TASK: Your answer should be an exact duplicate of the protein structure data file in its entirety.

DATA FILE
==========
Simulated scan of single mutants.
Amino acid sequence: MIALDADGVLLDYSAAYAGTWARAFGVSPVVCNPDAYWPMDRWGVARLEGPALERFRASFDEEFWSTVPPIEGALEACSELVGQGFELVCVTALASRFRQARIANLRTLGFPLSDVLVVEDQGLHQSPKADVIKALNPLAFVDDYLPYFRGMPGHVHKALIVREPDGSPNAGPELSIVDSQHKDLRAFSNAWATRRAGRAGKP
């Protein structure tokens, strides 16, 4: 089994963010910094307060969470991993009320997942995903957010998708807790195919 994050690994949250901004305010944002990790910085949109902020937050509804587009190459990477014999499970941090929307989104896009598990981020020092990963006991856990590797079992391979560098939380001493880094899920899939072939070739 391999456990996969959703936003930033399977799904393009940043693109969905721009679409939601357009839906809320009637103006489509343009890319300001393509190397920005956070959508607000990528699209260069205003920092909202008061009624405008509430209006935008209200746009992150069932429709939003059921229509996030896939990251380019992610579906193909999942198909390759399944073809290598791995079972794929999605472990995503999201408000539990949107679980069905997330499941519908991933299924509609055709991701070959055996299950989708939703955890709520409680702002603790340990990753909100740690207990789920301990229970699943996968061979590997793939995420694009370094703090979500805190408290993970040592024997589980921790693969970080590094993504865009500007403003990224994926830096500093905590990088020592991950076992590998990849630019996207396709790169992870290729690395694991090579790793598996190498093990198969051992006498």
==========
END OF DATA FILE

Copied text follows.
Simulated scan of single mutants.
Amino acid sequence: MIALDADGVLLDYSAAYAGTWARAFGVSPVVCNPDAYWPMDRWGVARLEGPALERFRASFDEEFWSTVPPIEGALEACSELVGQGFELVCVTALASRFRQARIANLRTLGFPLSDVLVVEDQGLHQSPKADVIKALNPLAFVDDYLPYFRGMPGHVHKALIVREPDGSPNAGPELSIVDSQHKDLRAFSNAWATRRAGRAGKP
């Protein structure tokens, strides 16, 4: 089994963010910094307060969470991993009320997942995903957010998708807790195919 994050690994949250901004305010944002990790910085949109902020937050509804587009190459990477014999499970941090929307989104896009598990981020020092990963006991856990590797079992391979560098939380001493880094899920899939072939070739 391999456990996969959703936003930033399977799904393009940043693109969905721009679409939601357009839906809320009637103006489509343009890319300001393509190397920005956070959508607000990528699209260069205003920092909202008061009624405008509430209006935008209200746009992150069932429709939003059921229509996030896939990251380019992610579906193909999942198909390759399944073809290598791995079972794929999605472990995503999201408000539990949107679980069905997330499941519908991933299924509609055709991701070959055996299950989708939703955890709520409680702002603790340990990753909100740690207990789920301990229970699943996968061979590997793939995420694009370094703090979500805190408290993970040592024997589980921790693969970080590094993504865009500007403003990224994926830096500093905590990088020592991950076992590998990849630019996207396709790169992870290729690395694991090579790793598996190498093990198969051992006498």